Traumatic Insemination


Mating in C. lectularius is a process which is divided into three stages. The male bedbug seems to have no other mechanism of distinguishing a female other than by trial and error, although it is able to recognise its own species over a distance of 10-15mm. If the male accurately locates a female and she is receptive, then the first stage called spermalege commenses. Both the female and the male must have taken a full blood meal before mating, and if the female has not met this prerequisite, she will attempt to hide her reproductive area from the male (see figure below, from Siva-Jothy 2006).


Assuming the female is prepared, the first stage will involve the female guiding the male intromittent organ to her reproductive area, wherein the male "tastes" her with his intromittent organ. This intromittent organ is about xxxx in length, among the most prominent features of the bug.

The intromittent organ bears sensillae, tiny hairs with receptors which allows the males this sense of taste (see figure below). They can determine whether their current mate has recently copulated and then adjust copulation duration and ejaculate size acordingly. The male ejaculatory pump is connected to the vasa deferentia (the male sperm reservoir) and regulates the transfer of sperm during insemination (Siva-Jothy 2006).


Assuming the female is prepared to mate, she will allow repeated entry in short bouts into her mesospermalege, the female reproductive organ area. Female physiological and anatomical adaptation have directed this penetration into the mesospermalege because it is replete with phagocytic hemocytes. Specifically, notch and cuticular thickening of the right side of the 5th sternite lies directly over a distinct pocket filled with hemocytic cells on the inner surface of the abdominal wall. These hemocytes likely function to protect the female against potential pathogens in the accesory seminal fluid. Accessory gland fluid that is also injected by the paramere goes directly to the blood, leaving visible melanized scars. Multiple wounds will result in the expression of a cuticle repair system.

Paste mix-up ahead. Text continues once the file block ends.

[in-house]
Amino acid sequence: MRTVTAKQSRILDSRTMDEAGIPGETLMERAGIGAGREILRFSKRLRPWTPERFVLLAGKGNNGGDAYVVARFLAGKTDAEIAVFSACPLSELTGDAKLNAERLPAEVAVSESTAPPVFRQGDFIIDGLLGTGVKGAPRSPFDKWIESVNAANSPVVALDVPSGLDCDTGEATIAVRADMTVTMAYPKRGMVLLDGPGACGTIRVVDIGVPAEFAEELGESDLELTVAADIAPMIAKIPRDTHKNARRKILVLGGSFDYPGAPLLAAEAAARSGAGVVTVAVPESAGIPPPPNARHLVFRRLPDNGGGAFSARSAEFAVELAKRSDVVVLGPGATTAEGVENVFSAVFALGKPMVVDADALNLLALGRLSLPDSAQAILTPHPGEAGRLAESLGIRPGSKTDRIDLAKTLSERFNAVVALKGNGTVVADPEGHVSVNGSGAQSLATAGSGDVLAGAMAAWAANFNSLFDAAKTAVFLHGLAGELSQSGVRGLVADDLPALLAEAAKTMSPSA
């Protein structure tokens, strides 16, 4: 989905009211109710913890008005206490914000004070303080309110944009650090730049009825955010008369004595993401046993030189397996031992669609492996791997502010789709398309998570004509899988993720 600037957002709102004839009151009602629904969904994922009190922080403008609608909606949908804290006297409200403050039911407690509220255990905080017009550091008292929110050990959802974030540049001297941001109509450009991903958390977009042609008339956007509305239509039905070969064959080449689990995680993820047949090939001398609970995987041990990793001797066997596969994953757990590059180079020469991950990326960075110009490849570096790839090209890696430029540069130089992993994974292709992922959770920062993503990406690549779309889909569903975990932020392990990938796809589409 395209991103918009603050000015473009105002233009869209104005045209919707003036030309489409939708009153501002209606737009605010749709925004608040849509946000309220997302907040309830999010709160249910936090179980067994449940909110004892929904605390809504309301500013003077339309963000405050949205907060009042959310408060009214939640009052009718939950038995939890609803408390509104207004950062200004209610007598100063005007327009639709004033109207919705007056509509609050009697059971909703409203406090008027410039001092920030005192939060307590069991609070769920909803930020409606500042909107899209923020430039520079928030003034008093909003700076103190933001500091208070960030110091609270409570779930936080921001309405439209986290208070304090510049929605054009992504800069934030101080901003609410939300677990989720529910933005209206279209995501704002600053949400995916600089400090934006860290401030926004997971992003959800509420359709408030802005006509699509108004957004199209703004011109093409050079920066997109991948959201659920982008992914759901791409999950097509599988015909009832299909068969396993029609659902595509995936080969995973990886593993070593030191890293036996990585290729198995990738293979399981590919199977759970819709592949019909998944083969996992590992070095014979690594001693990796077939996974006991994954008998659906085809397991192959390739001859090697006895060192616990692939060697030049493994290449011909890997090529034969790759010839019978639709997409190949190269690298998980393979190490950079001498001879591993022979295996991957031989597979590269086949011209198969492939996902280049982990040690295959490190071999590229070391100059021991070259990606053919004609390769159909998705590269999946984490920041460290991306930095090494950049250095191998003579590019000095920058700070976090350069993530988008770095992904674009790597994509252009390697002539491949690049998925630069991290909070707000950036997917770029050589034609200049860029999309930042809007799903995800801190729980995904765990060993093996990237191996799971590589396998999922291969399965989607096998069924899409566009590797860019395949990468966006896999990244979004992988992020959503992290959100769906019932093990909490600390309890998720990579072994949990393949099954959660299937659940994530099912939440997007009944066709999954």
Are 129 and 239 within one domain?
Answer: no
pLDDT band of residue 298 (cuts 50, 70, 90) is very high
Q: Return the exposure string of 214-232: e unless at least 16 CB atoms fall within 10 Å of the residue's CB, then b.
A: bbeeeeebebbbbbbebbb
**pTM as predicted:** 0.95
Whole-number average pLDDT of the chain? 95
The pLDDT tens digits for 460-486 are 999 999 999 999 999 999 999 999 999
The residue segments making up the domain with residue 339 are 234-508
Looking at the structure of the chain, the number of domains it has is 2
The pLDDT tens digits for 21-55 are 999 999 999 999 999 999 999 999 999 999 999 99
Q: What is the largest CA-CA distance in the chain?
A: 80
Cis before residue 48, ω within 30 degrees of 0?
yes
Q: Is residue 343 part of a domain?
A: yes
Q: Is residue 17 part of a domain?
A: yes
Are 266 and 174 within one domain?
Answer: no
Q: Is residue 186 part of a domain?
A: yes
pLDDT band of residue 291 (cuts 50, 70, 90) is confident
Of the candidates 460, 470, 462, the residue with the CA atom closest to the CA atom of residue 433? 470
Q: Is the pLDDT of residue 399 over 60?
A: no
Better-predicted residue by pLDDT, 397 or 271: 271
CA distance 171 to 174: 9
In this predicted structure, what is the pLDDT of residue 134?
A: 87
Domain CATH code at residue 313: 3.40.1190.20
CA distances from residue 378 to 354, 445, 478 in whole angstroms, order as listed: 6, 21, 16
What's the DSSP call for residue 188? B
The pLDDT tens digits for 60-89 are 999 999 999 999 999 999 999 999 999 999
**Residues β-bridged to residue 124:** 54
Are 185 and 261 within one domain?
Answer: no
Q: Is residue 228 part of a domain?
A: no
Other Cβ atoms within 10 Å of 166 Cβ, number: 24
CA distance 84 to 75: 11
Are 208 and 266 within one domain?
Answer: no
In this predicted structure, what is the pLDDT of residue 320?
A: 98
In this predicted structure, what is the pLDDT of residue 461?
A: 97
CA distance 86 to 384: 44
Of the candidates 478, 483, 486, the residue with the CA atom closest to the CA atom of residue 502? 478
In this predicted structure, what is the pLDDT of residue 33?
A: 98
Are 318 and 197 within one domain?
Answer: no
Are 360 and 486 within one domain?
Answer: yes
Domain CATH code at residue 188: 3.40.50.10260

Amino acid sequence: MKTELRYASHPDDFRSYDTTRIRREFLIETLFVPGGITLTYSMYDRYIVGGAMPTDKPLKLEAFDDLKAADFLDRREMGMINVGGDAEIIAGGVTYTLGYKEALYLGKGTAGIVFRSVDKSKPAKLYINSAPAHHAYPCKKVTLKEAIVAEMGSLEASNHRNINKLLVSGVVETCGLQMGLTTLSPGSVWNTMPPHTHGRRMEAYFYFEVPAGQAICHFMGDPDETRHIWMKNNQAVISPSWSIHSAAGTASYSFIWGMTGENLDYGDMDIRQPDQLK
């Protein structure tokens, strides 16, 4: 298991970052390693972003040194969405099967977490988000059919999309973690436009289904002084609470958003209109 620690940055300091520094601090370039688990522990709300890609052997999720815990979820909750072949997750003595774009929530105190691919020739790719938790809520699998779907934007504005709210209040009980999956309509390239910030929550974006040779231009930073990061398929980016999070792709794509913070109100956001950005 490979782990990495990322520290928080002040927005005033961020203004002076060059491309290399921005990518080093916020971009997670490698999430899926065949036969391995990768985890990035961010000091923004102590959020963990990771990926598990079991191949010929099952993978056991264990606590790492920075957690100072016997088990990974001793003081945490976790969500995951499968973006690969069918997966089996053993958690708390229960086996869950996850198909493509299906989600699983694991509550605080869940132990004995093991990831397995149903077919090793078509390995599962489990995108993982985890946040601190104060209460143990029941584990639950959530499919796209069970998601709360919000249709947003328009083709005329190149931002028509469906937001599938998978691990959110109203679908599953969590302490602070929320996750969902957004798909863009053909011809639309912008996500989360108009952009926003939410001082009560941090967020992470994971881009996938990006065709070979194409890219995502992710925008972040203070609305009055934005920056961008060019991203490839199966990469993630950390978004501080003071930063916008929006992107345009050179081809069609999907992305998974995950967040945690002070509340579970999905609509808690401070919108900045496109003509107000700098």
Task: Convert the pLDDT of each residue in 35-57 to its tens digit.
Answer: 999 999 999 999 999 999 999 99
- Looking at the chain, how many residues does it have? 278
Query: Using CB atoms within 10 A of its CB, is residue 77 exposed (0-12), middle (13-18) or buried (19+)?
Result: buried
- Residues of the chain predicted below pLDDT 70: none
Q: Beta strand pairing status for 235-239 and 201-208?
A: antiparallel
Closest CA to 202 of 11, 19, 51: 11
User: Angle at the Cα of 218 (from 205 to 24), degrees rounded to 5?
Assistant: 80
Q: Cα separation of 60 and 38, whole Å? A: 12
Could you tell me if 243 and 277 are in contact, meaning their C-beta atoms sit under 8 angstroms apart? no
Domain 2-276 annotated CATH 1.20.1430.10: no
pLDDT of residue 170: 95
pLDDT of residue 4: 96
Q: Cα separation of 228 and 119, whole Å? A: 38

After insemination occurs, approximately 30 minutes pass before the sperm become mobile. Once mobile they move forward into the haemocoele, a process that takes some three to four hours. This movement into the haemocoele is the second stage. The spermatozoa then penetrate into the seminal receptacle and gradually move up the oviduct wall. The egg is fertilised in the ovariole before the chorionic membrane is formed, marking the intragenital phase. Eggs are then laid away from the host in the places where the adults reside during the day, with each female laying 2-3 eggs a day throughout her lifespan. If a female is able to take a blood meal at a minimum of twice a week, then egg laying will be continuous, such that her first batch will consist of six to nine usually laid singularly, and then she will immediately begin to develop another batch. These will be laid the following week, with an average of six to seven eggs per week being laid for around 13 weeks. The cream coloured eggs (1mm in length) are cemented on rough surfaces of hiding places, and will hatch within around 10 days at room temperature. This process is temperature-dependent and will take longer in cooler conditions. C. lectularius females stop laying fertile eggs approximately 35 to 50 days after sexual isolation. (Siva-Jothy 2006).